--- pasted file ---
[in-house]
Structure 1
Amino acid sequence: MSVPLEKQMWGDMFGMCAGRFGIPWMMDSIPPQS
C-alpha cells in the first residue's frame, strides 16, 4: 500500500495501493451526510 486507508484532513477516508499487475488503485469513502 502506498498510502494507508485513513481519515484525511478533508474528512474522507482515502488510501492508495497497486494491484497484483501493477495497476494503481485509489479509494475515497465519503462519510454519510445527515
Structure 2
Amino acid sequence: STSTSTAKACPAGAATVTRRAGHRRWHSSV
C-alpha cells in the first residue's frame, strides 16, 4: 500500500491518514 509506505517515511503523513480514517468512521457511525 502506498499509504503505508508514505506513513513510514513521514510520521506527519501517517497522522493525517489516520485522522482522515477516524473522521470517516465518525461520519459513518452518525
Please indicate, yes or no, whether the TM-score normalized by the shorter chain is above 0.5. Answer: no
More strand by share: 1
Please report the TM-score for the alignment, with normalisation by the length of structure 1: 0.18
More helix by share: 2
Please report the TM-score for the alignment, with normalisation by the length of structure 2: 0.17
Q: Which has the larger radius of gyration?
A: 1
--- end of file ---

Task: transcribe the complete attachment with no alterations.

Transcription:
[in-house]
Structure 1
Amino acid sequence: MSVPLEKQMWGDMFGMCAGRFGIPWMMDSIPPQS
C-alpha cells in the first residue's frame, strides 16, 4: 500500500495501493451526510 486507508484532513477516508499487475488503485469513502 502506498498510502494507508485513513481519515484525511478533508474528512474522507482515502488510501492508495497497486494491484497484483501493477495497476494503481485509489479509494475515497465519503462519510454519510445527515
Structure 2
Amino acid sequence: STSTSTAKACPAGAATVTRRAGHRRWHSSV
C-alpha cells in the first residue's frame, strides 16, 4: 500500500491518514 509506505517515511503523513480514517468512521457511525 502506498499509504503505508508514505506513513513510514513521514510520521506527519501517517497522522493525517489516520485522522482522515477516524473522521470517516465518525461520519459513518452518525
Please indicate, yes or no, whether the TM-score normalized by the shorter chain is above 0.5. Answer: no
More strand by share: 1
Please report the TM-score for the alignment, with normalisation by the length of structure 1: 0.18
More helix by share: 2
Please report the TM-score for the alignment, with normalisation by the length of structure 2: 0.17
Q: Which has the larger radius of gyration?
A: 1